WSU-Mount Vernon NW Research Center

Vegetable Seed Pathology Program

Video: Interview with Dr. Lindsey du Toit discussing Spinach and Spinach Seeds at WSU Mt. Vernon. From Season 6 of WA Grown, a collaboration of agricultural groups working together to help Washingtonians learn more about the food their state supplies locally and globally.

 

Did you know that farmers in the Pacific Northwest (PNW) region of the USA produce a significant percentage of the USA and world supply of seed for >35 small-seeded vegetable crops? Although these high value seed crops total <15,000 acres annually in Washington, they play a significant role in the global vegetable industry. One acre of hybrid cabbage seed crop produces about 2,000 lb of seed, which will plant about 10,000 acres of cabbage. About 90 countries import vegetable seed from the PNW because so few regions of the world have the specific climatic conditions necessary for production of high quality seed. The competitive nature of the vegetable seed industry necessitates production of high quality seed that is free of pathogens.

cabbage seed
Cabbage seed crop trial in bloom at the
WSU Mount Vernon NWREC.


Carrot umbel severely blighted by Xanthomonas campestris pv. carotae.
Carrot umbel severely blighted by
Xanthomonas campestris pv. carotae.

The Vegetable Seed Pathology program was initiated in August 2000 by Lindsey du Toit at the WSU Mount Vernon NWREC (http://mtvernon. wsu.edu/), as part of the WSU Safe Food Initiative (http://ext.wsu.edu/safefood/). The objective of this research and extension program is to contribute towards a sustainable and secure food supply by providing research and extension support on vegetable seed crop diseases – Lindsey’s program serves vegetable seed growers regionally, nationally, and internationally. Her program investigates the biology, epidemiology, and management of an array of fungal, viral, and bacterial diseases that affect small-seeded vegetable seed crops in the Pacific Northwest.

Some of the research projects on which the Vegetable Seed Pathology program has focused include:

 

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pseudothecia
Pseudothecia of Pleospora herborum (teleomorph of
Stemphylium botryosum
) developing on a spinach seed

onion blight
Onion and scape blight in an  onion seed crop,
caused by Botrytis allii and Botrytis aclada.

The Vegetable Seed Pathology program collaborates widely with other researchers, extension specialists, and extension educators. Extension activities are accomplished through workshops, conferences, publications, regional and state advisory committees, and the PNW Vegetable Extension Group ( http://mtvernon.wsu.edu/path_team/vegpath_team.htm).A number of new diseases have been reported in Washington State or other states by the Vegetable Seed Pathology program. For example, Fusarium wilt of radish in Washington, the powdery mildew fungus Leveillula taurica on onion in Washington and on potato in the USA, ( “Leveillula taurica on potatoes”), Xanthomonas campestris pv. coriandri on coriander in the USA, Iris yellow spot virus (IYSV) on onion in Washington, Stemphylium leaf spot of spinach in Washington and Arizona, and infection of onion seed crops and onion seed by Botrytis porri.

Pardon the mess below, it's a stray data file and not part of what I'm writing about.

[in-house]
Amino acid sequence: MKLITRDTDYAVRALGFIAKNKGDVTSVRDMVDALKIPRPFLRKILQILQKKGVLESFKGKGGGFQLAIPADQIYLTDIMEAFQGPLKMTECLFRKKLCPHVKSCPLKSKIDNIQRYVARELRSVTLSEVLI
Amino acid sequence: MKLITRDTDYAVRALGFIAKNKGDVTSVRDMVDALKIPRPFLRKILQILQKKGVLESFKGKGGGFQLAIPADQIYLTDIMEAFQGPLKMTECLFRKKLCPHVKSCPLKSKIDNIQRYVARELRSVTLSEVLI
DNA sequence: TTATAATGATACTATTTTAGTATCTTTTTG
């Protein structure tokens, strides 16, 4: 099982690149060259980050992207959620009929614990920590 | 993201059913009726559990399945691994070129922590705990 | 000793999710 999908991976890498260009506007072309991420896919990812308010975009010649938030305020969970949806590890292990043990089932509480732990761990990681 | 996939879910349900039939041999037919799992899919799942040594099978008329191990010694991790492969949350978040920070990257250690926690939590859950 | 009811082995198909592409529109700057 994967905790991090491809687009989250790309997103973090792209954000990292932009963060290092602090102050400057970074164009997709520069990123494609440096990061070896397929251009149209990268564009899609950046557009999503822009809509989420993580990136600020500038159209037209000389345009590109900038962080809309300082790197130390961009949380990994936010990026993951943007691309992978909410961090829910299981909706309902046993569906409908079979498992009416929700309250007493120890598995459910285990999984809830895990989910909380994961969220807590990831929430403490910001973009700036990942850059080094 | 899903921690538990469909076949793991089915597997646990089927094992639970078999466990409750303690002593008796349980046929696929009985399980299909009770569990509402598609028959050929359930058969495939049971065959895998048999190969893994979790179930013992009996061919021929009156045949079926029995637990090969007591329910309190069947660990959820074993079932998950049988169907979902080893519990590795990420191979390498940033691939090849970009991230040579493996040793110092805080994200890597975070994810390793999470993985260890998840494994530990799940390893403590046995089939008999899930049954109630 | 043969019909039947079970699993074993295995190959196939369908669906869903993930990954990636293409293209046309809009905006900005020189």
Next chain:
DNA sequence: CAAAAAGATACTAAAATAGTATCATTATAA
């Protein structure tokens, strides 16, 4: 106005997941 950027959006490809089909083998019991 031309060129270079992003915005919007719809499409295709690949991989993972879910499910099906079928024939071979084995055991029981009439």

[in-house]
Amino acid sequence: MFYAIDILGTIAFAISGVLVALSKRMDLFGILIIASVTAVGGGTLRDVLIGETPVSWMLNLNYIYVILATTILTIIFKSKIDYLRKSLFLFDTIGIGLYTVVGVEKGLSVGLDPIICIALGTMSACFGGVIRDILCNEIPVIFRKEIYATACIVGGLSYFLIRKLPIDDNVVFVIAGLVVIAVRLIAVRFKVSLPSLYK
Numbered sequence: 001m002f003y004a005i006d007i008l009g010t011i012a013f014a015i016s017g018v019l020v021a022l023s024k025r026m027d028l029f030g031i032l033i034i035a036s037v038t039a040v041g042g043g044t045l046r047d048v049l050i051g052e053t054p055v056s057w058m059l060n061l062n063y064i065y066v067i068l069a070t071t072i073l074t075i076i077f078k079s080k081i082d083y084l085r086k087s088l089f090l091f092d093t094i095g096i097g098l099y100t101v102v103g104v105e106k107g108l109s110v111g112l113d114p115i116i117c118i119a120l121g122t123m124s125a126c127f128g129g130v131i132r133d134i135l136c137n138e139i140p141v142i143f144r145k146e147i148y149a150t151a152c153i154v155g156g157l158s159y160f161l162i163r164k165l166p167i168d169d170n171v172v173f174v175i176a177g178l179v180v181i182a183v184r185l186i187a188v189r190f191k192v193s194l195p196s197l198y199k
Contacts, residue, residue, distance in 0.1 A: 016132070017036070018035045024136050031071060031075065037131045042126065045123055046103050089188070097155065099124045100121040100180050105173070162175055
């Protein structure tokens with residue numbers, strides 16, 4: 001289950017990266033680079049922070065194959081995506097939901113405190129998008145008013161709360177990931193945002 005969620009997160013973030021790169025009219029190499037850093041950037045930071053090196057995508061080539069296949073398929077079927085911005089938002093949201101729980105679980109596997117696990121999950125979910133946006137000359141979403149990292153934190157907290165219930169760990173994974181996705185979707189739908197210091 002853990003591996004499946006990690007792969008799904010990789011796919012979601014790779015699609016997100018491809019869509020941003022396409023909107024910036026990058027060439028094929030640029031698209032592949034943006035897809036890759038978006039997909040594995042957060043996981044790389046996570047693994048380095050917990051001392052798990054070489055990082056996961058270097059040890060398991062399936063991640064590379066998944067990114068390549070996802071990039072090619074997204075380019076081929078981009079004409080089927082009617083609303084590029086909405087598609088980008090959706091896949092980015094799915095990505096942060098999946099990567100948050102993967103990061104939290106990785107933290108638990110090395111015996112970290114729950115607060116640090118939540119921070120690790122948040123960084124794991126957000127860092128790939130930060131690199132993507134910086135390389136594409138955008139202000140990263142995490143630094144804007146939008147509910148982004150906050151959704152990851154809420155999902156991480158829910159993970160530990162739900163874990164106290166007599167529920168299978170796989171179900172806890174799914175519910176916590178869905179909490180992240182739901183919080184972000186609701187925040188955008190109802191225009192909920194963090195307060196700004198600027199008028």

Visit the VSP Team page for details on staff, graduate students, undergraduate students, and interns in the Vegetable Seed Pathology program.

veg seed path team

Vegetable Seed Pathology Team, July 2009.
FRONT (L-R): Avi Alcala (PhD student), Barbara Holmes (Ag. Research Tech. I), Katie Reed (WSU undergraduate intern),
Amy Christianson (summer assistant).

BACK (L-R): Emily Gatch (PhD student), Mike Derie (Scientific Assistant), Louise Brissey (Ag. Research Tech. II), and
Lindsey du Toit (Professor and Extension Plant Pathologist).

 

team

Presentation of research projects at the 2009
WSU Mount Vernon NWREC Field Day
.

L to R: Lindsey du Toit, Emily Gatch and Avi Alcala (PhD students), Katie Reed (undergraduate intern), Amy Christianson, summer assistant, and Louise Brissey (Ag. Research Tech. II).

Mike Derie (Ag. Research Tech. III), 
					  Martin Chilvers (former postdoctorate), and Lindsey du Toit (Associate Scientist and 
					  Extension specialist).
Mike Derie (Scientific Assistant Sr.), Martin Chilvers (former postdoctorate), and Lindsey du Toit
(Professor and Extension Plant Pathologist).

The Vegetable Seed Pathology program is supported by vegetable seed growers in Washington (the Columbia Basin Vegetable Seed Association and the Puget Sound Seed Growers’ Association), various state and federal grants, the Alfred Christianson Endowed Professorship, the Robert MacDonald Vegetable Seed Memorial Fund, and the vegetable seed industry.

 

For further information on the Vegetable Seed Pathology program,
contact Lindsey du Toit at dutoit@wsu.edu or at 360-848-6140.

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16650 State Route 536, Mount Vernon, WA 98273 | 360-848-6120 | FAX 360-848-6159 | AMS.MountVernon@wsu.edu | KG 7.09